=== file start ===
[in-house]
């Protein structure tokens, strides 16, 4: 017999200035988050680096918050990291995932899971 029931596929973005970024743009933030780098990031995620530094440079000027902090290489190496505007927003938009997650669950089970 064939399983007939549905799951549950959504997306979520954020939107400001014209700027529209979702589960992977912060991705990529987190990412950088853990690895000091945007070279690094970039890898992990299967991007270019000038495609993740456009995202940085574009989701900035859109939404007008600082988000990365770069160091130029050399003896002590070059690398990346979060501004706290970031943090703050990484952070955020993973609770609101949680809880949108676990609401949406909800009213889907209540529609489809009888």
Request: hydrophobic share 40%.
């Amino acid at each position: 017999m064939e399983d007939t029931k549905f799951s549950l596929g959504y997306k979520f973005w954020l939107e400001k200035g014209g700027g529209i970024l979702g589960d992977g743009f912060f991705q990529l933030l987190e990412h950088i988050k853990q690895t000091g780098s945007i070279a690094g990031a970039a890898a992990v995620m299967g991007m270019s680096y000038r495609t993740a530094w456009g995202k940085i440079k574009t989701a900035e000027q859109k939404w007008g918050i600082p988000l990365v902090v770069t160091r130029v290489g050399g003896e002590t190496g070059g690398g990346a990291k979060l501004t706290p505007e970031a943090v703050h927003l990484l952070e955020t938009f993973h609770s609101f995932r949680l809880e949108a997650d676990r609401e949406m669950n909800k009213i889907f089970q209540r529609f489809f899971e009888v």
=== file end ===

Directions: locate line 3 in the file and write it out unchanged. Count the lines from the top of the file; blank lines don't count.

Request: hydrophobic share 40%.